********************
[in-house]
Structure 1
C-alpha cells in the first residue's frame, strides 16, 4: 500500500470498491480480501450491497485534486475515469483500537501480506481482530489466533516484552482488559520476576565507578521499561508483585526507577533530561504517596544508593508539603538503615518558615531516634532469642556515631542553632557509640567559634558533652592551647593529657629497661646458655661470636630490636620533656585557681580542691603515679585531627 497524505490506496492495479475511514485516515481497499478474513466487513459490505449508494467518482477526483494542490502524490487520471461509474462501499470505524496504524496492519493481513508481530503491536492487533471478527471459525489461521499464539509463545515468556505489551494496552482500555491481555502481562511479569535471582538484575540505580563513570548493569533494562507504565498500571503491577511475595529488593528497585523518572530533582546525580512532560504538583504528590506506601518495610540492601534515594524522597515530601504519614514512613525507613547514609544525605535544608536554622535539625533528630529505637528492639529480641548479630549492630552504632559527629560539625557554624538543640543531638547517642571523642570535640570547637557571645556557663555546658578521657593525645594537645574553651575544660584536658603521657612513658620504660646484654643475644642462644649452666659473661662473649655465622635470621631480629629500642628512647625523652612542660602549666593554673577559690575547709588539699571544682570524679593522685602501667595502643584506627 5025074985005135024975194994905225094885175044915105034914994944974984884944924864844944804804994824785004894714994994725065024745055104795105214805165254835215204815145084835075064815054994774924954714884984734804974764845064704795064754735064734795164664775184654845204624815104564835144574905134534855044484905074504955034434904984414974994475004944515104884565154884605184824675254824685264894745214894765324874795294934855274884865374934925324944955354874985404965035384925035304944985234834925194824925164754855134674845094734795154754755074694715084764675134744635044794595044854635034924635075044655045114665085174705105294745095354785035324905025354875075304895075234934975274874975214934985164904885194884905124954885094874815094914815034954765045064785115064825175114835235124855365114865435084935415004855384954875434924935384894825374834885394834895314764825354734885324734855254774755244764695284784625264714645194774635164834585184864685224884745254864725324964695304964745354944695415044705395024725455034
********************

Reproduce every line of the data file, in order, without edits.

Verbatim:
[in-house]
Structure 1
C-alpha cells in the first residue's frame, strides 16, 4: 500500500470498491480480501450491497485534486475515469483500537501480506481482530489466533516484552482488559520476576565507578521499561508483585526507577533530561504517596544508593508539603538503615518558615531516634532469642556515631542553632557509640567559634558533652592551647593529657629497661646458655661470636630490636620533656585557681580542691603515679585531627 497524505490506496492495479475511514485516515481497499478474513466487513459490505449508494467518482477526483494542490502524490487520471461509474462501499470505524496504524496492519493481513508481530503491536492487533471478527471459525489461521499464539509463545515468556505489551494496552482500555491481555502481562511479569535471582538484575540505580563513570548493569533494562507504565498500571503491577511475595529488593528497585523518572530533582546525580512532560504538583504528590506506601518495610540492601534515594524522597515530601504519614514512613525507613547514609544525605535544608536554622535539625533528630529505637528492639529480641548479630549492630552504632559527629560539625557554624538543640543531638547517642571523642570535640570547637557571645556557663555546658578521657593525645594537645574553651575544660584536658603521657612513658620504660646484654643475644642462644649452666659473661662473649655465622635470621631480629629500642628512647625523652612542660602549666593554673577559690575547709588539699571544682570524679593522685602501667595502643584506627 5025074985005135024975194994905225094885175044915105034914994944974984884944924864844944804804994824785004894714994994725065024745055104795105214805165254835215204815145084835075064815054994774924954714884984734804974764845064704795064754735064734795164664775184654845204624815104564835144574905134534855044484905074504955034434904984414974994475004944515104884565154884605184824675254824685264894745214894765324874795294934855274884865374934925324944955354874985404965035384925035304944985234834925194824925164754855134674845094734795154754755074694715084764675134744635044794595044854635034924635075044655045114665085174705105294745095354785035324905025354875075304895075234934975274874975214934985164904885194884905124954885094874815094914815034954765045064785115064825175114835235124855365114865435084935415004855384954875434924935384894825374834885394834895314764825354734885324734855254774755244764695284784625264714645194774635164834585184864685224884745254864725324964695304964745354944695415044705395024725455034